What Causes ALS? What We Know and Don’t Know

The cause of ALS is unknown in most cases. But a few risk factors have been identified.

Most people with ALS are diagnosed between the ages of 40 and 70, but there are also people who are diagnosed in their 20s and 30s.

Amyotrophic lateral sclerosis (ALS) is a degenerative neurological condition. It’s estimated to affect 30,000 people in the United States, with roughly 5,000 new cases diagnosed every year.

ALS damages cells called motor neurons which are located in the brain and spinal cord. Motor neurons carry signals from the nervous system to the muscles and enable voluntary movements like walking, talking, and chewing.

When motor neurons are damaged, the nervous system cannot send signals to muscles. This affects a person’s ability to perform voluntary movements. It also causes the muscles to atrophy.

Symptoms can include muscle weakness, cramps, tight or stiff muscles, difficulty chewing or swallowing, or slurred speech. Early symptoms can be subtle and the pattern of symptoms differs from person to person.

As the disease progresses, symptoms become more severe and more muscles are affected, including muscles that affect breathing, swallowing, chewing, and respiration.

Who is at risk for ALS?

The exact cause of ALS is unknown, and healthcare researchers do not fully understand why some people develop ALS and others do not. Here are some things we do know about ALS and who is at risk for ALS:

  • Most people with ALS are diagnosed between the ages of 40 and 70, but there are also people who are diagnosed in their 20s and 30s.
  • Both men and women develop ALS, but it is more common among men.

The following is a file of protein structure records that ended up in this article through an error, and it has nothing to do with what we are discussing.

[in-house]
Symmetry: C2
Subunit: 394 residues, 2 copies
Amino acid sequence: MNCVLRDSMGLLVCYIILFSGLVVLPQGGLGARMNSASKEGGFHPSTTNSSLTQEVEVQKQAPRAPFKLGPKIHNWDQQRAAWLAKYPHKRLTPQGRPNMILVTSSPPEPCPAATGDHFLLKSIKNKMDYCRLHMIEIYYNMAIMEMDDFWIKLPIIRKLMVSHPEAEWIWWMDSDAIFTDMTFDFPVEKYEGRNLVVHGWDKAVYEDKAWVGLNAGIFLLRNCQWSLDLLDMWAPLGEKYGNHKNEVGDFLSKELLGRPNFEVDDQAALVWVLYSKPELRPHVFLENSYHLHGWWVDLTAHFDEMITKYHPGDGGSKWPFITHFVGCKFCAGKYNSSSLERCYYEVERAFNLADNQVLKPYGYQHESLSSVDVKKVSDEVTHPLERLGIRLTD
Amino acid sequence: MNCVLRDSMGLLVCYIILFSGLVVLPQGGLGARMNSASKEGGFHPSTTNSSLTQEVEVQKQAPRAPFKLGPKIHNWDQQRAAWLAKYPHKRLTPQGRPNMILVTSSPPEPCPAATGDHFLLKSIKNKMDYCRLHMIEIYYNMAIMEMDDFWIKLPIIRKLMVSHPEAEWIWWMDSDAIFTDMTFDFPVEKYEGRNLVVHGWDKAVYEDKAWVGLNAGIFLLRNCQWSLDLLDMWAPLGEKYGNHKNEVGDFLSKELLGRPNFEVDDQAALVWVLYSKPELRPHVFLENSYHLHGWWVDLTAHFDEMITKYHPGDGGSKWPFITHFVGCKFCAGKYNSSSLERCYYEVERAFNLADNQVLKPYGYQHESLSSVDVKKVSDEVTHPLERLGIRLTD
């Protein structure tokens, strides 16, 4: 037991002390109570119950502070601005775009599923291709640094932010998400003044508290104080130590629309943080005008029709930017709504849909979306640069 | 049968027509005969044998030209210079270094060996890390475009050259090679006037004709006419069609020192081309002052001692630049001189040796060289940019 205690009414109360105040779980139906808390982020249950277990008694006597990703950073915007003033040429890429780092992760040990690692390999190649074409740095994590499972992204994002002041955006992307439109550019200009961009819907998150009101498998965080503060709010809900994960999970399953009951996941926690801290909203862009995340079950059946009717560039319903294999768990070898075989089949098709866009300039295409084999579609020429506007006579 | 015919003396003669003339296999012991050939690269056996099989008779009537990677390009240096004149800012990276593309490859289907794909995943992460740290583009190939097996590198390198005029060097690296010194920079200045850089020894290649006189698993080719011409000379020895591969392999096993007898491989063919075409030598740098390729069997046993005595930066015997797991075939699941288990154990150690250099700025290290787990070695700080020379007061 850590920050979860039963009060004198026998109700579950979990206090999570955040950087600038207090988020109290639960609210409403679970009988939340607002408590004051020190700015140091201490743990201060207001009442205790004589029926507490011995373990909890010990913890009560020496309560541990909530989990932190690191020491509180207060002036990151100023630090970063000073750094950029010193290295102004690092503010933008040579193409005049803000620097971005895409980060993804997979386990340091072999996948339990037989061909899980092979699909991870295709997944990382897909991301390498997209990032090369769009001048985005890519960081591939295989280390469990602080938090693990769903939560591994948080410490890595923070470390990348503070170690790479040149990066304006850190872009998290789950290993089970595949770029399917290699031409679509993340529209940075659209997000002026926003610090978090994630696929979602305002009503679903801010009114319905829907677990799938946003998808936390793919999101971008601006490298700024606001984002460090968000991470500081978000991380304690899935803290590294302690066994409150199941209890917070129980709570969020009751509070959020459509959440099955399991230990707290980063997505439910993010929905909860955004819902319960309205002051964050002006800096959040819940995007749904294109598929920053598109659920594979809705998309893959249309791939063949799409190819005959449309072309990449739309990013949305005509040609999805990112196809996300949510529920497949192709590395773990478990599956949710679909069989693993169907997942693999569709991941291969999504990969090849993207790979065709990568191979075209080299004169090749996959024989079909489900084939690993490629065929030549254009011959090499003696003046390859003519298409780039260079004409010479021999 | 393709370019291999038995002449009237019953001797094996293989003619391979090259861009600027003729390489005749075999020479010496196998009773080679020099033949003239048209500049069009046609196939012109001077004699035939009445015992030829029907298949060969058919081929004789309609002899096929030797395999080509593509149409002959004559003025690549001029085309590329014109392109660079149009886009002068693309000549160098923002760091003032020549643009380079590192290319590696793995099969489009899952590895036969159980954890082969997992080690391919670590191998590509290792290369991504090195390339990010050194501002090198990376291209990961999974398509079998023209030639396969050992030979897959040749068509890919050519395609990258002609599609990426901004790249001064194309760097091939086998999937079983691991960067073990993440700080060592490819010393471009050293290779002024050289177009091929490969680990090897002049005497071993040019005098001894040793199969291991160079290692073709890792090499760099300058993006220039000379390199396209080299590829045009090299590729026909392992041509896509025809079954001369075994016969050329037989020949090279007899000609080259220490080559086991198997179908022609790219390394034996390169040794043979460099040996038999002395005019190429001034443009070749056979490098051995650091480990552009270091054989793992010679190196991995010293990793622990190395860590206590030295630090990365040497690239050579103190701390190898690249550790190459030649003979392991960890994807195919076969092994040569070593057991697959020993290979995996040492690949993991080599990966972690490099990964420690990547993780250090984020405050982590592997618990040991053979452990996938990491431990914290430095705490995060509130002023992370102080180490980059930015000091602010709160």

• In older age groups, it affects men and women in roughly equal number.
  • Genetics are a factor in some cases and several genetic mutations linked to ALS have been identified. However, the number of cases associated with these gene mutations is small—only 5 to 10 percent of people with ALS have a family history of the condition.
  • The vast majority of cases (over 90 percent) are sporadic—they occur without any genetic cause, or at least no genetic cause that has been identified.
  • ALS is more common among Caucasian people and non-Hispanics.

People who are military veterans are more likely to have ALS than people who are not military veterans, though the reason for this is not understood. Environmental factors (such as exposure to toxins), medical history that includes viral infections and physical trauma, and genetic susceptibility are all being investigated as possible causes.

Treatment for ALS

There is no cure for ALS but there are some medications that can help people with ALS. These include medications that help slow the progression of the disease, as well as medications that address specific symptoms that occur as a result of having ALS. The goals of treatment are to help improve quality of life and lifespan.

Treatment will be overseen by a neurologist but should involve a variety of specialists that oversee different aspects of treatment and care, such as physical therapists, occupational therapists, speech therapists, registered dietitians, and counselors or other mental health professionals who can help people with ALS and their caregivers cope with the emotional and psychological impact of living with the condition.

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Johns Hopkins Medicine. "ALS - Amyotrophic Lateral Sclerosis."
MedlinePlus. "Amyotrophic lateral sclerosis."
National Organization for Rare Disorders. "Amyotrophic Lateral Sclerosis."
ALS Association. "ALS Symptoms and Diagnosis."
National Institute of Neurological Disorders and Stroke. "Amyotrophic Lateral Sclerosis (ALS) Fact Sheet."
ALS Association. "Who Gets ALS?"
Abe Amos. "What ALS Treatment Options Are Available Today?" GoodRx Health. August 17, 2021.
Mayo Clinic. "Amyotrophic lateral sclerosis (ALS)."
ALS Association. "Including the Multidisciplinary Team in Your Care."
Lucas D. Driskell, Michele K. York, et al. "A Guide to Understanding the Benefits of a Multidisciplinary Team Approach to Amyotrophic Lateral Sclerosis (ALS) Treatment." Archives of Physical Medicine and Rehabilitation, 2018. Vol. 100, No. 3.

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